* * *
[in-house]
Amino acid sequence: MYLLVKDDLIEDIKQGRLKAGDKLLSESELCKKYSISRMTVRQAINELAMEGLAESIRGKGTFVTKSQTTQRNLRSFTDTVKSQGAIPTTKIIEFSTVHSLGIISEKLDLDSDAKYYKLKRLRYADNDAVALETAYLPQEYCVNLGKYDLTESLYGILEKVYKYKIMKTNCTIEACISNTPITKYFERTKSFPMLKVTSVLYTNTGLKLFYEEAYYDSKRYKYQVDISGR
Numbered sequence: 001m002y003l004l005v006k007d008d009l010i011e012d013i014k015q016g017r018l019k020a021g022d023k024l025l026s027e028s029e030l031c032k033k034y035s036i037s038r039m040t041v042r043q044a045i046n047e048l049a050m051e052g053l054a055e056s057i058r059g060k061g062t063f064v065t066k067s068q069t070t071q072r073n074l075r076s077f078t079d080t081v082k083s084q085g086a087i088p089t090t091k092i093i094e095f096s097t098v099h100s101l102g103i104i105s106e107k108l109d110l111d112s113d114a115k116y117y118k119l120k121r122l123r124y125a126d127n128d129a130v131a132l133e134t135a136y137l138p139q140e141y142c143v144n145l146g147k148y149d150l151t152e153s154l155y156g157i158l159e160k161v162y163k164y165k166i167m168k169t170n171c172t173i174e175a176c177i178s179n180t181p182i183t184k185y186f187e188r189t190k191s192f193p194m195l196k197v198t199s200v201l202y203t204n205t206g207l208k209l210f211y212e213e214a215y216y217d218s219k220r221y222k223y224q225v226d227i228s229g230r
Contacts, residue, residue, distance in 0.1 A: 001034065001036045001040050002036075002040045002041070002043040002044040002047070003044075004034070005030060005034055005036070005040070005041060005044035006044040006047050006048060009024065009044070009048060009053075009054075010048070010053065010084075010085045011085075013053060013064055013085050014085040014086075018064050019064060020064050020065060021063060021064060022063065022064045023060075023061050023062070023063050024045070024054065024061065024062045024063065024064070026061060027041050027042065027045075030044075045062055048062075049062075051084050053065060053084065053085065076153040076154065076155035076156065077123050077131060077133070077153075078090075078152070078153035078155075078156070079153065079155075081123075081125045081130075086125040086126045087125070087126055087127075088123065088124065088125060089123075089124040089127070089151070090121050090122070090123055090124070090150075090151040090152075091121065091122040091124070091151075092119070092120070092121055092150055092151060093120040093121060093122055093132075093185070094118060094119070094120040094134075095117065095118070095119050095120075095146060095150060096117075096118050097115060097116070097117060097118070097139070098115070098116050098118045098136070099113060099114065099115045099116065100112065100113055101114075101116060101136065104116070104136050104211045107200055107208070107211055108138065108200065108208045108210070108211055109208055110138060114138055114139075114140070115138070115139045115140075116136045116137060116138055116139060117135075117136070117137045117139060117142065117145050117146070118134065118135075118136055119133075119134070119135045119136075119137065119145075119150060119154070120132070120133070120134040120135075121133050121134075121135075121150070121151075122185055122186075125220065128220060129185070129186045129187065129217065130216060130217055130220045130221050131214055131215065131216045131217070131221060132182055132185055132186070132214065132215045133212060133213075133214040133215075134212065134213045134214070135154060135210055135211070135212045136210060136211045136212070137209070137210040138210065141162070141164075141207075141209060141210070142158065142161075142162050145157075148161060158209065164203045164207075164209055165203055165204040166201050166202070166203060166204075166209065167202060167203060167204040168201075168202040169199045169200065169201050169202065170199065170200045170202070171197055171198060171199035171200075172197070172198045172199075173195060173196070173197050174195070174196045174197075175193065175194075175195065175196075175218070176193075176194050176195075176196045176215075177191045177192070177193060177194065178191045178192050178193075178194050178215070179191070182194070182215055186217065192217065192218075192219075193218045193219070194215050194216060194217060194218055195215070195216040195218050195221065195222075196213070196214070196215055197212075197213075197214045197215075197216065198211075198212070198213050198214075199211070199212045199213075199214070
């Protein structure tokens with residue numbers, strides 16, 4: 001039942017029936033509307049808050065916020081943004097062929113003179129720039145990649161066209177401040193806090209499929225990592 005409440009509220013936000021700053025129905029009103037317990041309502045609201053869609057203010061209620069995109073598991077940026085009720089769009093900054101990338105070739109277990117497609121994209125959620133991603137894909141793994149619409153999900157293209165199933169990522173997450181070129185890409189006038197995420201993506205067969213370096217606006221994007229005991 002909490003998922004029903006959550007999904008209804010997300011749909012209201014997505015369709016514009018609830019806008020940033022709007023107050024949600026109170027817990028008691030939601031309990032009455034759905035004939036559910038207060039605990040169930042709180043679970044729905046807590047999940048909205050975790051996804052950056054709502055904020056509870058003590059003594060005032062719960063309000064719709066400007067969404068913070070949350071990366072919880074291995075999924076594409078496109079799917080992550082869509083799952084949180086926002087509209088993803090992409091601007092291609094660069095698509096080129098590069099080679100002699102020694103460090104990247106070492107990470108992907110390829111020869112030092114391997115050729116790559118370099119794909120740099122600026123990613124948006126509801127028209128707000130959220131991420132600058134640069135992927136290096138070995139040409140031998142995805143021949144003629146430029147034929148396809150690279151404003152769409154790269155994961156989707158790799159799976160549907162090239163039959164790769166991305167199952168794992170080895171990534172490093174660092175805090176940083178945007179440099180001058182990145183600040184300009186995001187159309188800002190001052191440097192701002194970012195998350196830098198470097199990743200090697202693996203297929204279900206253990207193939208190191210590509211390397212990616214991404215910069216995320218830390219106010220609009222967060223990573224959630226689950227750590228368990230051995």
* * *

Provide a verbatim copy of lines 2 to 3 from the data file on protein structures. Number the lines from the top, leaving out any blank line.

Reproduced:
Amino acid sequence: MYLLVKDDLIEDIKQGRLKAGDKLLSESELCKKYSISRMTVRQAINELAMEGLAESIRGKGTFVTKSQTTQRNLRSFTDTVKSQGAIPTTKIIEFSTVHSLGIISEKLDLDSDAKYYKLKRLRYADNDAVALETAYLPQEYCVNLGKYDLTESLYGILEKVYKYKIMKTNCTIEACISNTPITKYFERTKSFPMLKVTSVLYTNTGLKLFYEEAYYDSKRYKYQVDISGR
Numbered sequence: 001m002y003l004l005v006k007d008d009l010i011e012d013i014k015q016g017r018l019k020a021g022d023k024l025l026s027e028s029e030l031c032k033k034y035s036i037s038r039m040t041v042r043q044a045i046n047e048l049a050m051e052g053l054a055e056s057i058r059g060k061g062t063f064v065t066k067s068q069t070t071q072r073n074l075r076s077f078t079d080t081v082k083s084q085g086a087i088p089t090t091k092i093i094e095f096s097t098v099h100s101l102g103i104i105s106e107k108l109d110l111d112s113d114a115k116y117y118k119l120k121r122l123r124y125a126d127n128d129a130v131a132l133e134t135a136y137l138p139q140e141y142c143v144n145l146g147k148y149d150l151t152e153s154l155y156g157i158l159e160k161v162y163k164y165k166i167m168k169t170n171c172t173i174e175a176c177i178s179n180t181p182i183t184k185y186f187e188r189t190k191s192f193p194m195l196k197v198t199s200v201l202y203t204n205t206g207l208k209l210f211y212e213e214a215y216y217d218s219k220r221y222k223y224q225v226d227i228s229g230r